LOUISVILLE, Ky. (WDRB) – Kamry Wade, a first-grade student at Hartstern Elementary, can recite the scores he received on the final round of Measures of Academic Progress testing with ease.
"My math score was 212 and reading was 221," said Kamry, a 7-year-old who is one of tens of thousands of students in Jefferson County Public Schools who have taken MAP tests throughout the school year.
JCPS students showed progress in MAP scores throughout the year on average, yet about half of the district’s kids aren't at grade level in reading or math. Superintendent Marty Pollio says 50.1% and 44.3% of JCPS kids are reading and doing math at grade level, respectively.
Pollio says the results give teachers and school leaders an early look at which students need the most help to catch up academically. Such interventions, he said, can make major differences for kids who have fallen behind.
"We still know we've got a lot of work to do, but we're encouraged about the progress and the direction that we're going in," he said.
MAP testing, which is expected to cost $1.9 million in the 2019-20 school year per district budget documents, is in its second year at JCPS, starting in elementary schools last year and eventually covering up to the 11th grade currently. Students complete three rounds of testing – one in fall, another in winter and the final one in spring – in reading and math, and their scores are used to determine how much they've grown academically.
Students in elementary schools showed the largest gains in this year's three rounds of MAP testing, improving from an average reading score of 176 in the fall to 188 in the spring and from an average math score of 178 in the fall to 192 in the spring.
Middle- and high-school students showed some growth on average, but to a lesser extent. Scores for middle-school students jumped four points and five points in reading and math, respectively, while high school scores improved by one point and four points in reading and math.
Hartstern was among JCPS schools that experienced the largest jumps in MAP scores from the fall to the spring. Students there improved their average reading scores by 15 points and their average math scores by 16 points.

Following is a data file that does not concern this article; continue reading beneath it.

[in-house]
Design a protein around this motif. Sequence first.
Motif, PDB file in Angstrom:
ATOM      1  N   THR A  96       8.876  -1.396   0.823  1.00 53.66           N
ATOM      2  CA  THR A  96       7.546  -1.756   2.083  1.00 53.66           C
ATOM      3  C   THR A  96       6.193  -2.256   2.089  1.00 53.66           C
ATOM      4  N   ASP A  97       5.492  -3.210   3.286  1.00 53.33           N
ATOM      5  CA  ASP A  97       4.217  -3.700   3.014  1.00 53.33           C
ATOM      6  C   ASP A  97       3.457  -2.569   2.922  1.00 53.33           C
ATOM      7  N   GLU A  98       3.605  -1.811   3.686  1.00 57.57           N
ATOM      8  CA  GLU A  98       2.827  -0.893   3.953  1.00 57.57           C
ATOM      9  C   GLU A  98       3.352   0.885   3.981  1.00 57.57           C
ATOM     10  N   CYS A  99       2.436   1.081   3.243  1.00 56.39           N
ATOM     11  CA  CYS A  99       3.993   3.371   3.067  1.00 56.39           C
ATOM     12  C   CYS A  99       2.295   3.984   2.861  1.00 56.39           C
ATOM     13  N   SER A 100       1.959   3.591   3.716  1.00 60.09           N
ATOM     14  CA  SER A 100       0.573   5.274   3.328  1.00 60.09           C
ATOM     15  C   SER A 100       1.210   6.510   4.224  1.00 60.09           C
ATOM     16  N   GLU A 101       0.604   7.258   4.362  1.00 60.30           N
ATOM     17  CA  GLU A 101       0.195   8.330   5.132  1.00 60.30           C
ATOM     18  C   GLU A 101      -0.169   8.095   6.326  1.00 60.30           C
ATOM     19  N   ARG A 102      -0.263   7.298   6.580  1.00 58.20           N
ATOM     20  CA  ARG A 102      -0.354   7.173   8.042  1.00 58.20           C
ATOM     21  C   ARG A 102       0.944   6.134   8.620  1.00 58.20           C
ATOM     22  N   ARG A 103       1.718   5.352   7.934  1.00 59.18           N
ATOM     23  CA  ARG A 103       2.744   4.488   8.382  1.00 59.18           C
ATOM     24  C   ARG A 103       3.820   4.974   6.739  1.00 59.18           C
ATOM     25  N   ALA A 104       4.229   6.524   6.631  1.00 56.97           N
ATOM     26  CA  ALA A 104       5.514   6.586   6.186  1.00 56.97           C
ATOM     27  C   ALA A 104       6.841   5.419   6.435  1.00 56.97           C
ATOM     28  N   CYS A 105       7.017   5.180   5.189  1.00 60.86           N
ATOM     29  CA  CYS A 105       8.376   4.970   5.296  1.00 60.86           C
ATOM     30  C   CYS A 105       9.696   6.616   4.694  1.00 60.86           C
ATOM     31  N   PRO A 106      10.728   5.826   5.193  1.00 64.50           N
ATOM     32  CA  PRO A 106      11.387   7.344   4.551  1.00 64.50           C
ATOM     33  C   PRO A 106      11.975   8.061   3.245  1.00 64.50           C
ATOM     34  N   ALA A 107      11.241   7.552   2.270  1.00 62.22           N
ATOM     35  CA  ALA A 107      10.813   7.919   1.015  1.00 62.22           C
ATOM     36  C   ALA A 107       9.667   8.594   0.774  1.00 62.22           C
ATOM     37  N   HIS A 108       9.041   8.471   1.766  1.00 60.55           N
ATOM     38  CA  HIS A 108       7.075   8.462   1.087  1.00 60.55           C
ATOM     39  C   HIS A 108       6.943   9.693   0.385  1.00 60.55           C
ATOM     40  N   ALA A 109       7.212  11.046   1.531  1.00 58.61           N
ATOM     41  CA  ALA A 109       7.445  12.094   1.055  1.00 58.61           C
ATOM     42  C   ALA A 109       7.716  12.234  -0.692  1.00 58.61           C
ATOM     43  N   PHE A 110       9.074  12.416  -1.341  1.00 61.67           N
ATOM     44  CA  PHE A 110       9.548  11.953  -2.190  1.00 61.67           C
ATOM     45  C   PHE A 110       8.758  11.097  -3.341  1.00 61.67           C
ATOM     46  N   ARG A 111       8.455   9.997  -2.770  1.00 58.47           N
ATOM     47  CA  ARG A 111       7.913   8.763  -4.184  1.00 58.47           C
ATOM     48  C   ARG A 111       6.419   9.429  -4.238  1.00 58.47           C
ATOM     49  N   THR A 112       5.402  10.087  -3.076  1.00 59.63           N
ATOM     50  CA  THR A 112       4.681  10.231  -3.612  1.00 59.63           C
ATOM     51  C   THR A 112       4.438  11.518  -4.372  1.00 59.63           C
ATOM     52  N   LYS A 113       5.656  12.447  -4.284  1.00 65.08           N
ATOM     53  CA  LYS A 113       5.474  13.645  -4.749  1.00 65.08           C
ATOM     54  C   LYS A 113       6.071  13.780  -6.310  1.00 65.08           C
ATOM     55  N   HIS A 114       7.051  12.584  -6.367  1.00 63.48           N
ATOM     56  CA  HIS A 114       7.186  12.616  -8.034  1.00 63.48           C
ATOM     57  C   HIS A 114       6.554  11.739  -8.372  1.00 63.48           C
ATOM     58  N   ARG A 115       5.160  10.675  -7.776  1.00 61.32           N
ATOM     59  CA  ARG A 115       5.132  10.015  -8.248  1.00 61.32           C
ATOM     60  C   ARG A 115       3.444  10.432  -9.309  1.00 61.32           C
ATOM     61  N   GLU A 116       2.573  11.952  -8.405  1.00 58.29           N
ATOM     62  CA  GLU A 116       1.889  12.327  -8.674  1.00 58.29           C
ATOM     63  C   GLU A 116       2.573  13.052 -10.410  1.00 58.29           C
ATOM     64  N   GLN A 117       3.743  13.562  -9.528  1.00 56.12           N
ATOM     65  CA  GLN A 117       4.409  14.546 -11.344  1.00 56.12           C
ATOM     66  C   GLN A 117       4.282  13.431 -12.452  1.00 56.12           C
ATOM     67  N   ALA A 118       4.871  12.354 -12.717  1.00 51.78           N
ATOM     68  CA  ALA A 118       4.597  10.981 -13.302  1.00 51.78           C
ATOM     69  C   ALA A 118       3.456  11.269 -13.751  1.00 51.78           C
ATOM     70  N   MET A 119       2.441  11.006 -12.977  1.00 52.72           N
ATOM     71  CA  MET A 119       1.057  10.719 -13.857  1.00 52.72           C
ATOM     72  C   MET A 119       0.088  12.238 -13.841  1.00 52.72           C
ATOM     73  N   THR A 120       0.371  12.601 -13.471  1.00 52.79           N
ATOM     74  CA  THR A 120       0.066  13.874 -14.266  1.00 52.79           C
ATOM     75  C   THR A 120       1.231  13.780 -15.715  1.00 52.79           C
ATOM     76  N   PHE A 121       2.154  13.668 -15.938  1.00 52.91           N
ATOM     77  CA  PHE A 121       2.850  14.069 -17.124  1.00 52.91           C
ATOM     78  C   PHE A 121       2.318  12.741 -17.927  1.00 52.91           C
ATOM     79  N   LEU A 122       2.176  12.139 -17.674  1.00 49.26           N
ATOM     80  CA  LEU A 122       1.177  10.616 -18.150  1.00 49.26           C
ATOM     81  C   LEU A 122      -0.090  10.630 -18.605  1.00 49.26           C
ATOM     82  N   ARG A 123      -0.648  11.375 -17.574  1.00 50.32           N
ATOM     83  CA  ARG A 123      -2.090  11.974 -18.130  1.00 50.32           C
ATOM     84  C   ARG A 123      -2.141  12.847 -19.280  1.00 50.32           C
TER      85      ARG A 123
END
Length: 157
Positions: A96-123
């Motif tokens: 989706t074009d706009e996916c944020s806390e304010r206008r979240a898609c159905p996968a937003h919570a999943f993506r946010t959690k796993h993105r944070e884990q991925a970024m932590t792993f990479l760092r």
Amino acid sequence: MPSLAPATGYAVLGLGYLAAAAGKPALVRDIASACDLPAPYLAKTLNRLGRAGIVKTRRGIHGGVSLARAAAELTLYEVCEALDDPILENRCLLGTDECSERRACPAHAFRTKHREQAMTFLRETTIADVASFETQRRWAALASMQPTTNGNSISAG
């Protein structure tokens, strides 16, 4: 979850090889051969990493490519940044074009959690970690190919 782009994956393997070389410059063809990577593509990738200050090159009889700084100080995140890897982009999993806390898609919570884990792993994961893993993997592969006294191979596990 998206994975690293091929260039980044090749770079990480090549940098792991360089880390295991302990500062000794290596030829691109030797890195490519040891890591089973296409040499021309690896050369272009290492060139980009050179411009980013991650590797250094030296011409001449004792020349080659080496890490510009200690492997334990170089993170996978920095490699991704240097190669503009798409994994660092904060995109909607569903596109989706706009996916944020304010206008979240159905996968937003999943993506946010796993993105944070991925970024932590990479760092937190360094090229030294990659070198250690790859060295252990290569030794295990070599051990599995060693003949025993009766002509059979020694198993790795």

Principal Duan Wright, in his fifth year at Hartstern, said MAP testing has allowed the school to make earlier targeted interventions for kids who have fallen behind. After a round of MAP testing, students who scored in the bottom 20% are identified for additional help.
"As a third grader if you're on a first-grade reading level, we will individualize instruction where you're getting first-grade reading instruction as well as third-grade instruction in the same day," Wright told WDRB News.
Hartstern's numbers of students performing at grade level largely mirror JCPS as a whole. About 50% of the school's students are at grade level in math and 49% are reading at grade level, according to Wright.
Still, Wright sees trends moving in the right direction at his school. He said 73% of students met or exceeded their personal MAP growth goals in math and 69% met or exceeded their growth goals in reading.
Seeing the final results from this year’s MAP testing filled him with "a sense of pride," he said.
"We want kids to grow every day that we come into the school," Wright said. "… When you begin to look at kids individually and monitor their growth and see them growing, it's a joy and a pride that comes in knowing that you are successfully doing the job."
Across the district, Pollio said MAP testing shows that more than 2,000 additional students are reading at grade level and nearly 3,000 more are at grade level in math.
Pollio said he would like to see every JCPS student at or above grade level in reading and math, and that programs like the district’s Summer Backpack League will yield progress on that front. About 3,000 JCPS students will participate in the summer learning program, he said.
"We've got to make sure that we provide those ongoing interventions and that summer work so we don't have that summer slide, and my belief is that we’re going to continue to see this growth until we get to every kid," Pollio said.
"The change doesn't happen, the improvement doesn't happen just because we say we're setting a goal and we want to get there," he added. "Where the work has to be done, obviously, is in the instructional work each and every day and the systems that are in each and every school to support that work. That's the tough, hard work that we're doing."
Students like Kamry will go into next year ready to topple another set of MAP goals. He entered the year hoping to score at least 171 on the reading test and 188 in math.
"It made me feel proud of myself," Kamry said. "I didn’t know I could do that good."
Whether the aspiring scientist meets his personal career goals remains to be seen.
"I could do really cool experiments and then I could use chemicals," Kamry said. "Hopefully I can make a chemical that gives me super strength. Then I could be a superhero."
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